A Brownfield Investment refers to an investment made in an existing active project or even an inactive project with an existing developed facility or infrastructure. Such investment is made when an organization or a firm wants to expand its capacity using the existing infrastructure, thus entails fewer approvals as against a greenfield investment. The regulation requirements and high cost of starting new businesses make investments in brownfield projects highly lucrative.
For brownfield investment purpose, a company can enter into Merger and Acquisition (M&A) or can farm-in to invest in existing facilities or infrastructure. Brownfield investments are the safest way to invest in a new territory and to understand the market sentiments. A company or firm can invest in an existing business to learn and gain experience prior to going for its own greenfield projects.
The greenfield projects are capital intensive and always carry a risk of project failure. The brownfield projects, on the other hand, involves lower capital cost and have tested market segment.
Since the new entrant in the market need not invest a lot of time and money for a new facility or infrastructure, the company could enter and have access to the market really quick. Operations could be started from the existing setup or a little tuning as per the product specifications.
The existing firm may have a well-established channel of vendors and suppliers that could eliminate the risk of searching the dependable source of raw materials. The new company could use the existing distributor channel for taking a product to the market with the help of existing supply chain systems.
Due to various environmental regulations and many countries trying to meet their respective carbon emission levels targets, getting regulatory approvals can be really a herculean task.
Apart from the environmental, there are many bureaucratic approvals required to set up any facility. In a brownfield project, it is a possibility that the existing facility may have already all approvals required for the project. It will save both time and money.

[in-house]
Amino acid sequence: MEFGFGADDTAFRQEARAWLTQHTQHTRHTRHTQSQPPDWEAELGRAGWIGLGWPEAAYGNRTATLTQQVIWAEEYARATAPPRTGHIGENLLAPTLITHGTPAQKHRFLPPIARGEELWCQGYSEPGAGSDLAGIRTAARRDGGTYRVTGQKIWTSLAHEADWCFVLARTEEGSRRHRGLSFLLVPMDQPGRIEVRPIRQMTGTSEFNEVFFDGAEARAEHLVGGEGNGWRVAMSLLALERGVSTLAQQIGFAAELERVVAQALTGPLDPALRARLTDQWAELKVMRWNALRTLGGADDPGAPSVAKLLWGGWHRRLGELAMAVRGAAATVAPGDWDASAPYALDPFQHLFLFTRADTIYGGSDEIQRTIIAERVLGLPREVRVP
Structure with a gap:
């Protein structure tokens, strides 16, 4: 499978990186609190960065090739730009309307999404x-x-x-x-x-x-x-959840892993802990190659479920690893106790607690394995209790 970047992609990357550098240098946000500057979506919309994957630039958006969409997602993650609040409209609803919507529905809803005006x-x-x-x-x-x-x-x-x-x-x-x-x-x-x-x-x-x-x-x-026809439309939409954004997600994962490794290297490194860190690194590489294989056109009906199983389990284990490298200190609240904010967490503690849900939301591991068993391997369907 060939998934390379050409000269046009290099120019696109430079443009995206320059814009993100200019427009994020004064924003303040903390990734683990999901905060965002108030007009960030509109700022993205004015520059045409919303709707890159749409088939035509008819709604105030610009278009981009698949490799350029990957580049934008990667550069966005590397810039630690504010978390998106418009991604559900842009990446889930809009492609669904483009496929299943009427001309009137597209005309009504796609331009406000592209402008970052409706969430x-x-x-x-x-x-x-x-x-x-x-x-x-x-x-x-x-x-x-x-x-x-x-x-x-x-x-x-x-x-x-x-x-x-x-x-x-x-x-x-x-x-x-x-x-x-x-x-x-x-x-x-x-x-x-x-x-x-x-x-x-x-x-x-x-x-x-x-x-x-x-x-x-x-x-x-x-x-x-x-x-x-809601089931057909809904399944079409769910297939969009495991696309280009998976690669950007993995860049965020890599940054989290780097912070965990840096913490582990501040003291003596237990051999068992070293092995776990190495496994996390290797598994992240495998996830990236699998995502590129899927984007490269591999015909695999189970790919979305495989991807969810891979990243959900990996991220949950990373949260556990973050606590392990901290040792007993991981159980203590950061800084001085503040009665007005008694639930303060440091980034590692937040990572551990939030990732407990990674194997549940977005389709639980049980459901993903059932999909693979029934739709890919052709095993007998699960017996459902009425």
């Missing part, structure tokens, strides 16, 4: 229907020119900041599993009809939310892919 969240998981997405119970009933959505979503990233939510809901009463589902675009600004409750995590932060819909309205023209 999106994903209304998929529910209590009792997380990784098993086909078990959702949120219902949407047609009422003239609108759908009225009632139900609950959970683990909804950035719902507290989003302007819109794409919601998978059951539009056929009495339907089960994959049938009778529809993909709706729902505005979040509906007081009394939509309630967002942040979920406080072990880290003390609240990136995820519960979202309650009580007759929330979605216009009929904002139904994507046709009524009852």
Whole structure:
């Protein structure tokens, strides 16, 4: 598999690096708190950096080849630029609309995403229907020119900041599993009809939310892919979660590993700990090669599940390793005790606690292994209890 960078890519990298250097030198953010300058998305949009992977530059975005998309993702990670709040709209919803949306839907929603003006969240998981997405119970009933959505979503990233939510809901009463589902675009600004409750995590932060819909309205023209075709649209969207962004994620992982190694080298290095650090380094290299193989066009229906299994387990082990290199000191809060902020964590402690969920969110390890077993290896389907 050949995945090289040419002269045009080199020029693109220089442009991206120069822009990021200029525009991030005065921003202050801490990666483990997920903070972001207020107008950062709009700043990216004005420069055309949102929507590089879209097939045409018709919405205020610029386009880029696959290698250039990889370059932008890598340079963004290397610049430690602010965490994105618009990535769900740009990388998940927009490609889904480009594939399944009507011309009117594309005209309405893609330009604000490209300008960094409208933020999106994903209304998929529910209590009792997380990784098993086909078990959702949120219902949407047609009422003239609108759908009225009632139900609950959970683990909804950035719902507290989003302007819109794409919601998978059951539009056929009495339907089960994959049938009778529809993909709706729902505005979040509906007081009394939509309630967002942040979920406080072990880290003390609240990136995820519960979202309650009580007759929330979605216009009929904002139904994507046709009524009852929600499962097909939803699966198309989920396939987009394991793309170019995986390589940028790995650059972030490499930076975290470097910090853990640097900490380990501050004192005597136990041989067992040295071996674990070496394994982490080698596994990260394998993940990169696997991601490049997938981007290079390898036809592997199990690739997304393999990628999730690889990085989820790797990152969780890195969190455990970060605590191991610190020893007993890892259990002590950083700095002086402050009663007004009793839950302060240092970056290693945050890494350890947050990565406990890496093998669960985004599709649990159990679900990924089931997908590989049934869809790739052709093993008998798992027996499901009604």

The brownfield projects have required infrastructure which can be put to use immediately, eliminating the need for excessive capital. The facilities may require little modifications or tuning to get started.
Payment for regulatory approvals and fee for procurement of specific licenses are also not required. The existing facility may have all approvals and permits. Setting up new market networks and logistics may not be required as the existing facilities may have them all.
It is also a possibility that the project or the facility may have existing well trained and experienced staff for the project. The company need not have to hire fresh staffs and bear training and inductions expenses.
The M&A or takeover of existing high-end technology firm can help gain access to the technology which may be expensive to develop group up. One such example is the acquisition of Jaguar Land Rover Limited by Tata Motors.
The acquisition helped Tata Motors to take over the working facility of the Jaguar Land Rover. Tata Motors gained access to high-end technology of luxury cars along with the well-equipped facility to manufacture those cars.
Some of the recent brownfield investments are:
HP acquired Cray for US$ 1.3 billion in order to make inroads into the world of supercomputing. The acquisition could enable HP to perform better in the digital environment.
The acquisition allowed Walt Disney to get more advanced technology for animated movies and at the same time removed competition also.
Tata Motors also got commitments from the dealers who were eager to work with the JLR brand and were incurring losses at the time of acquisition. Tata Motors was once World’s largest manufacturer of buses and trucks. They had a stronghold in the Indian car market but did not have experience and technology in high-end luxury cars.
Brownfield investments have some drawbacks which can be listed as below.